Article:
X and I slept long that first night in our new beds. The next morning we had our first request for money - 8 million roubles for a new engine for the Kolya’s boat. Inflation was off the scale in 1997. This made bartering and negotiating even more trepidatious. Just getting one’s mouth around the thousands and hundreds of thousands slowed one up by a half second and let doubt and brazenness in. The engines were not built to last: that had never mattered before, as new ones had been dished out every year, but this was no longer the case. If you didn’t have a working engine you couldn’t get to Zyryanka, the nearest point for supplies, nor could you hunt, to put food on the table. Kolya’s motor, like so many in the village, was 2 years old, and kept breaking.
In the summer months - between May and September, you needed a boat to get around. The other months you needed a vezdekhod - an all-terrain vehicle. Or skis. These people, now settled, had no choice but to rely on the support of the government.
My work as interpreter began in earnest at this point and I translated as X negotiated. On this occasion, he resolved the situation by leaving the room. We went to see Slava the Yakutian schoolteacher. He was a serious individual, who would have been more at home in a university corridor than a village in the Siberian taiga. He advised against lending the money, saying that Kolya’s protestations that he would get it back to us within a week were hot air.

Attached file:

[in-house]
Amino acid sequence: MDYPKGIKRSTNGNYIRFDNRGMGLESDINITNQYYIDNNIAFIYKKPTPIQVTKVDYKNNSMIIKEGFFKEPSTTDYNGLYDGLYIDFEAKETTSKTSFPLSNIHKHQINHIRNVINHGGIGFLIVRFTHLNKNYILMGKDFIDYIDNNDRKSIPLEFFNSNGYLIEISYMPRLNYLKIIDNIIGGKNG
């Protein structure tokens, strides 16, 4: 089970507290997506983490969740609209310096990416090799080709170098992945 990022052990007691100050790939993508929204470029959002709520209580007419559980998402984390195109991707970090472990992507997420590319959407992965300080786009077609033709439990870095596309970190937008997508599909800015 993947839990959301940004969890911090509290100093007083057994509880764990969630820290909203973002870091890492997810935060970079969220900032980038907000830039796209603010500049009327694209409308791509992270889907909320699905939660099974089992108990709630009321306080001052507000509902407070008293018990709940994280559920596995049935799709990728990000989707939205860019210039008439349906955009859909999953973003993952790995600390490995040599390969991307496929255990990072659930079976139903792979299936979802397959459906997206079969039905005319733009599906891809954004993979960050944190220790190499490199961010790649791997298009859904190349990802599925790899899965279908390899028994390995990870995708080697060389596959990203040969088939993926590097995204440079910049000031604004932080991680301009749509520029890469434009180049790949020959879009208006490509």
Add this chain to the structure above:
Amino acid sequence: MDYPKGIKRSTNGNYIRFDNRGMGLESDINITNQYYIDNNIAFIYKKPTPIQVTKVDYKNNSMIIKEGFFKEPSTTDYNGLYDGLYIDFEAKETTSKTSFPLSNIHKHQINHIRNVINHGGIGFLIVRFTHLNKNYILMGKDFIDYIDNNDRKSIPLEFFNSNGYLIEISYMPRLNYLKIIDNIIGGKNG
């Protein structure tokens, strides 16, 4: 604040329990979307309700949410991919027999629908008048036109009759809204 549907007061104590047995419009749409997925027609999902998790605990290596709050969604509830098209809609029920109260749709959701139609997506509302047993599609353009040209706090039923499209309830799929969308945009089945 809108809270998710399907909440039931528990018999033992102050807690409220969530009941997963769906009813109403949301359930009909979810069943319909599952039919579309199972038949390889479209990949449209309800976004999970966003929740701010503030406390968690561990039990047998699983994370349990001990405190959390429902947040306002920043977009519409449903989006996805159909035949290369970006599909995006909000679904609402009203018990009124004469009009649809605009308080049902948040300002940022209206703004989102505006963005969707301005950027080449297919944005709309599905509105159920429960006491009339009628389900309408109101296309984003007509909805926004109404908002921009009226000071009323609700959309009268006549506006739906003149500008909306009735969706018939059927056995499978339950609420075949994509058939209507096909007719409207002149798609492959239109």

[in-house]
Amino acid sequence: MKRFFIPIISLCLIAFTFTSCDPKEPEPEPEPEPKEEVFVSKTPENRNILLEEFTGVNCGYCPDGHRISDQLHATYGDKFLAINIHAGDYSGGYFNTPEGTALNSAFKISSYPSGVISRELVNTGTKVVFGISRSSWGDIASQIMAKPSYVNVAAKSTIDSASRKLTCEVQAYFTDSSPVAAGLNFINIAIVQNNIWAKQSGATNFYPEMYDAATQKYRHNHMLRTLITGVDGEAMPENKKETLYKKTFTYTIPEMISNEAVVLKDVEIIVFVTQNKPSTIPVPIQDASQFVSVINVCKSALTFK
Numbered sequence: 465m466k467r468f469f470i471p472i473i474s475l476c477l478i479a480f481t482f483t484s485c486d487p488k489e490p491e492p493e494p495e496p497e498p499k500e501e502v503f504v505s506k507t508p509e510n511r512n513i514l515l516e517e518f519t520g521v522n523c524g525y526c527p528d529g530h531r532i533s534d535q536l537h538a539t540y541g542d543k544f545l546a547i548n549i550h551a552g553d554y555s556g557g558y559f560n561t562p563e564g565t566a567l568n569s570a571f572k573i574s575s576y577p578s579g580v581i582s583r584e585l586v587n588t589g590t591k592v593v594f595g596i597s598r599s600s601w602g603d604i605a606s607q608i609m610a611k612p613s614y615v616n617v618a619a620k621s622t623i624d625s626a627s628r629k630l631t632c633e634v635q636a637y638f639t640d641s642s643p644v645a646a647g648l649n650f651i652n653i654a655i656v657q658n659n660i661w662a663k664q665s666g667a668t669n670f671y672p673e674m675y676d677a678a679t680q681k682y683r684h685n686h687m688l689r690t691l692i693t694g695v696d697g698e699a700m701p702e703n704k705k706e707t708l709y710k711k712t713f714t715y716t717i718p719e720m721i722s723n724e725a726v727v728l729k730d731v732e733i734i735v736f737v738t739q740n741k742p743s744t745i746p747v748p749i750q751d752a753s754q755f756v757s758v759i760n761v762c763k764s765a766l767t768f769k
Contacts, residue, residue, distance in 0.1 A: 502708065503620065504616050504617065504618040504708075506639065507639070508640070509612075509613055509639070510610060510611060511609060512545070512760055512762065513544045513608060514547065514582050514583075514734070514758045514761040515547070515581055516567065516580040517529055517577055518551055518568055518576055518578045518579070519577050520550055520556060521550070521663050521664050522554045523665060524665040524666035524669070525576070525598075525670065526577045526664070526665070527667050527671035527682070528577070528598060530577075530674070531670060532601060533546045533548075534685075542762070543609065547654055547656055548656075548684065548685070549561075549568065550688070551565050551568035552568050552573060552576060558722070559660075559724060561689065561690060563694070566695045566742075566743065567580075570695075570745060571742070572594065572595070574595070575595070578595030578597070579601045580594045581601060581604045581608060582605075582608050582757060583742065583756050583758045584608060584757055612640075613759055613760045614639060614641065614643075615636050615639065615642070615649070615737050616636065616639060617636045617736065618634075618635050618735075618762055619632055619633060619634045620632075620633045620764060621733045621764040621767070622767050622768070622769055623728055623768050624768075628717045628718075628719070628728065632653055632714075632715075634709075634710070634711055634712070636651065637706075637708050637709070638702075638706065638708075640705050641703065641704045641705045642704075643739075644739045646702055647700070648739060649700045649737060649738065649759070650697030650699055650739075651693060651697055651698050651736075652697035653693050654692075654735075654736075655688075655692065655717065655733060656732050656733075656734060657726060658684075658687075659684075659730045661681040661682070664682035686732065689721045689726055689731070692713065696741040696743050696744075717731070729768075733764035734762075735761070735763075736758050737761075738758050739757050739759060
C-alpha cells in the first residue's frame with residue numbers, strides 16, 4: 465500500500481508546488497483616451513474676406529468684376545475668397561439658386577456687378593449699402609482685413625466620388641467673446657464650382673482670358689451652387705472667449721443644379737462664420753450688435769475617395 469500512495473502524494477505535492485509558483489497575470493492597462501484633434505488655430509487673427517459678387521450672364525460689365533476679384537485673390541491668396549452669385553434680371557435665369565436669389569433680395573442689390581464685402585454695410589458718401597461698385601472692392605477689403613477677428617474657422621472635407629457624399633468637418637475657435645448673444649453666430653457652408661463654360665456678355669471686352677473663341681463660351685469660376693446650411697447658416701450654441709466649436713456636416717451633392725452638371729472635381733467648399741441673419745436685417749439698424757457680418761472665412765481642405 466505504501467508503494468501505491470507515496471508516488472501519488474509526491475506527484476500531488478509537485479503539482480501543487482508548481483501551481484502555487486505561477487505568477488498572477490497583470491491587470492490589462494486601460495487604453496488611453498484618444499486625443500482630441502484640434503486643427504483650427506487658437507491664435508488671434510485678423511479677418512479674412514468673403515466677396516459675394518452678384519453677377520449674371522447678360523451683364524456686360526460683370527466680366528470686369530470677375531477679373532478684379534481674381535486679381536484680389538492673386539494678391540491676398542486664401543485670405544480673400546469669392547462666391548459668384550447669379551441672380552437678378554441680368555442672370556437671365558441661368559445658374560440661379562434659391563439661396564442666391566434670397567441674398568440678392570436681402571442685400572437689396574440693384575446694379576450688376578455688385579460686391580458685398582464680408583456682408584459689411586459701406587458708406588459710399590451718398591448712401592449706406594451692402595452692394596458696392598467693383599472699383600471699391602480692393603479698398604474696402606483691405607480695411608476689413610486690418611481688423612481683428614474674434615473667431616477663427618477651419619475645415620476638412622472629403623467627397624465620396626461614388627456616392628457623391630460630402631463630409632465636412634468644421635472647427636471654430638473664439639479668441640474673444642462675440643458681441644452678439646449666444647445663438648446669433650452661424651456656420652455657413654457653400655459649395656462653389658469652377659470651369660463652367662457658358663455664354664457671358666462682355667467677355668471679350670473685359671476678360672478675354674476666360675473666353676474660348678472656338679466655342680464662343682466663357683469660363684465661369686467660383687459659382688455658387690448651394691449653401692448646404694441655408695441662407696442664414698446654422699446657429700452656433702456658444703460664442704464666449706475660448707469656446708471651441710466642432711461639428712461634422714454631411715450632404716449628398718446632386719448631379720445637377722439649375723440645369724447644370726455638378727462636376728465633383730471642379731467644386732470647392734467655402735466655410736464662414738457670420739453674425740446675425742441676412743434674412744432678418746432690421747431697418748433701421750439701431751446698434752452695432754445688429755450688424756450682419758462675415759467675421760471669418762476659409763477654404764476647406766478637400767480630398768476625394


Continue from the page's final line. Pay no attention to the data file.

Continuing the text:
Kolya and Dusya asked us repeatedly for the money for the new motor over the next few days. It was extremely awkward but we held our ground. It was a good thing we did as we were to need the money later.
Requests for money became regular occurrences, from all quarters. This would, I imagine, have always been the case - in Soviet times it may have been for coveted goods, but now it was simply for hard cash. These people had nothing, and those who didn’t hunt, or didn’t run the shop, had only tiny, irregular pensions. Wages for the village doctor and school teacher hadn’t arrived for months. Money did get through every now and then but it was unpredictable.
Available food was as follows: bread baked in the village shop, where you could also buy fresh butter brought in from a dairy in Zyryanka; moose meat - if you were able to shoot one; condensed milk and other preserves also available in the village shop. And sometimes, strangely enough, granny smith apples at vast expense. Moose meat is delicious: they are herbivores and the flesh is sweet and fragrant, despite the villagers’ ability to render everything grey and tasteless. During the 2 months we spent there, I also tasted: finely sliced frozen deer liver, swan baked in tiny pies, fish freshly caught, and once, a potato, a cucumber and a tomato. People decorated their apartments with empty Uncle Ben’s Rice and Choco-Pie boxes, but I never saw them on the table.
The people in the village who ate well were the shopkeepers, Slava and his wife. They were Russians from Crimea who had been tempted to this far off region by the hardship wages. They had moved here in the late 1980s planning to save up for a quiet old age in Crimea. Then the Soviet Union collapsed, the rouble inflated and they could barely afford a ticket home to visit family. Nevertheless, they had a more comfortable life than most in the village, simply because they had access to food. There were major ethnic tensions in the village - between Yakuts, Yukagirs and Russians. The village was predominantly Yakutian and it was the language that almost everyone, apart from the handful of Russians, spoke. Everyone could speak Russian, although many of them spoke it primitively and with poor grammar.
The animosity occasionally shown towards the Russian shopkeepers was, I think, as much envy as it was racial. On our arrival in the village, for example, we drew up alongside the shopkeeper in our boat. She had a bag of onions between her knees. Rosa said to her ‘I thought it was the Russians, and that I wouldn’t bother saying hi.’ ‘Bitch,’ was the reply she got.